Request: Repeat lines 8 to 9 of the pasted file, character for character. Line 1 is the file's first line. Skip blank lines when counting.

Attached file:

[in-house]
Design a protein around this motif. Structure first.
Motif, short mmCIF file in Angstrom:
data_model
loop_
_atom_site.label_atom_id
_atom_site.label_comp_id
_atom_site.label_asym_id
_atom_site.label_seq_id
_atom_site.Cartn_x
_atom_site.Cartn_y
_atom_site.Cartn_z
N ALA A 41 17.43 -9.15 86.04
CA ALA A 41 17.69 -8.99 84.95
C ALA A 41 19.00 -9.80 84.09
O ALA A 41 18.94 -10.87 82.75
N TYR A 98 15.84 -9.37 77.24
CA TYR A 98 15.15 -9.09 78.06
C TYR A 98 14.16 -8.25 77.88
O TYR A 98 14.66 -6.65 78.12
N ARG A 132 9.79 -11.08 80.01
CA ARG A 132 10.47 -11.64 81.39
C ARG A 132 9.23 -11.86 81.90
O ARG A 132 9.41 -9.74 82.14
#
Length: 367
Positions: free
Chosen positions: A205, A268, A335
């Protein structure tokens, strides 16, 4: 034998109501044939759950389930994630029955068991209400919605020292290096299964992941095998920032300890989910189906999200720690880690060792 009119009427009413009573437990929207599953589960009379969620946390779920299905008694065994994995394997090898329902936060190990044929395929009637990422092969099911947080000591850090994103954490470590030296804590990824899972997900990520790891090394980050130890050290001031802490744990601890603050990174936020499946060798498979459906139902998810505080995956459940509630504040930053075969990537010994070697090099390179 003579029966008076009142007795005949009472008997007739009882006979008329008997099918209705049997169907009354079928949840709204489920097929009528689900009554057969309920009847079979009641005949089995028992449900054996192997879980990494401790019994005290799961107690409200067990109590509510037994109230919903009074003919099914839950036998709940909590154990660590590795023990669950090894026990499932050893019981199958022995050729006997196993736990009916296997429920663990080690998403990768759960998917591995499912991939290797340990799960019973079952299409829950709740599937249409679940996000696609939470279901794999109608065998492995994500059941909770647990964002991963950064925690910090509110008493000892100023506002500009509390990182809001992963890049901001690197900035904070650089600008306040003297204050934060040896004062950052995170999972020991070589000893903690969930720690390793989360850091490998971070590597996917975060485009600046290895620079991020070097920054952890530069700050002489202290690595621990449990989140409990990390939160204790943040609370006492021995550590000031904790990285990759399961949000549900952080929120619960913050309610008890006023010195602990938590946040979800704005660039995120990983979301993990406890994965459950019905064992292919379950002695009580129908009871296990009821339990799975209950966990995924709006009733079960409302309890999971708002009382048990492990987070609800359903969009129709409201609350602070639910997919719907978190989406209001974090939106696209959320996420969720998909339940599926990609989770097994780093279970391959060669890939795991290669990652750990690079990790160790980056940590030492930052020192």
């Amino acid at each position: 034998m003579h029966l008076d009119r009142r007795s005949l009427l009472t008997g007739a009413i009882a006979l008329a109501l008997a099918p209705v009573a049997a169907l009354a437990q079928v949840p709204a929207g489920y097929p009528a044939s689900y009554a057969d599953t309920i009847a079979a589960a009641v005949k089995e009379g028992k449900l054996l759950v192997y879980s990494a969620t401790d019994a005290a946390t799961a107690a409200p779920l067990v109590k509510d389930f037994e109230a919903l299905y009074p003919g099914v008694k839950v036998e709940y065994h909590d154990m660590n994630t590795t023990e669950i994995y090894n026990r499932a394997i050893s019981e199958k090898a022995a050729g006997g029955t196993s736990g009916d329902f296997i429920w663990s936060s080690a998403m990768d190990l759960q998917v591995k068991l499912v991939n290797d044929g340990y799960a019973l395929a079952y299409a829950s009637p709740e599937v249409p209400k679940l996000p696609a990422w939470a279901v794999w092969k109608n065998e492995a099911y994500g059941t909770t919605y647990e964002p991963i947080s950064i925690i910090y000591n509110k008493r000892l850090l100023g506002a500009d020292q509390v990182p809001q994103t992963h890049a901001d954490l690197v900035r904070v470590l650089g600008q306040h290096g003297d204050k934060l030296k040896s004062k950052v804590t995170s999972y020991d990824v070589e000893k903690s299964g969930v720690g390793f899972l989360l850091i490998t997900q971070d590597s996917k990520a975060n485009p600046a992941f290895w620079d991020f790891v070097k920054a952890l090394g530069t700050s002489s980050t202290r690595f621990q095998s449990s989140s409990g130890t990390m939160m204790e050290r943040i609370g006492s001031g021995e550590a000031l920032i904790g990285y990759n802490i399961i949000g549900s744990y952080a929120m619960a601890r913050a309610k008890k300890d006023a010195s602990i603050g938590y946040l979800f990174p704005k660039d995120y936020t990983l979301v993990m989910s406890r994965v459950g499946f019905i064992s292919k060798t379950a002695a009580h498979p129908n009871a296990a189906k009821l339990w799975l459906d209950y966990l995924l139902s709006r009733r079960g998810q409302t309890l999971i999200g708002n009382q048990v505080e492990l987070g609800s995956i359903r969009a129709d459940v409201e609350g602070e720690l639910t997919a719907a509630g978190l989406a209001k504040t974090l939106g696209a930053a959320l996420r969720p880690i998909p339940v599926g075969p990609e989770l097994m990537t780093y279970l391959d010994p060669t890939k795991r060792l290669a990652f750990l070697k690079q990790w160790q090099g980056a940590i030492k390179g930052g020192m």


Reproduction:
_atom_site.label_asym_id
_atom_site.label_seq_id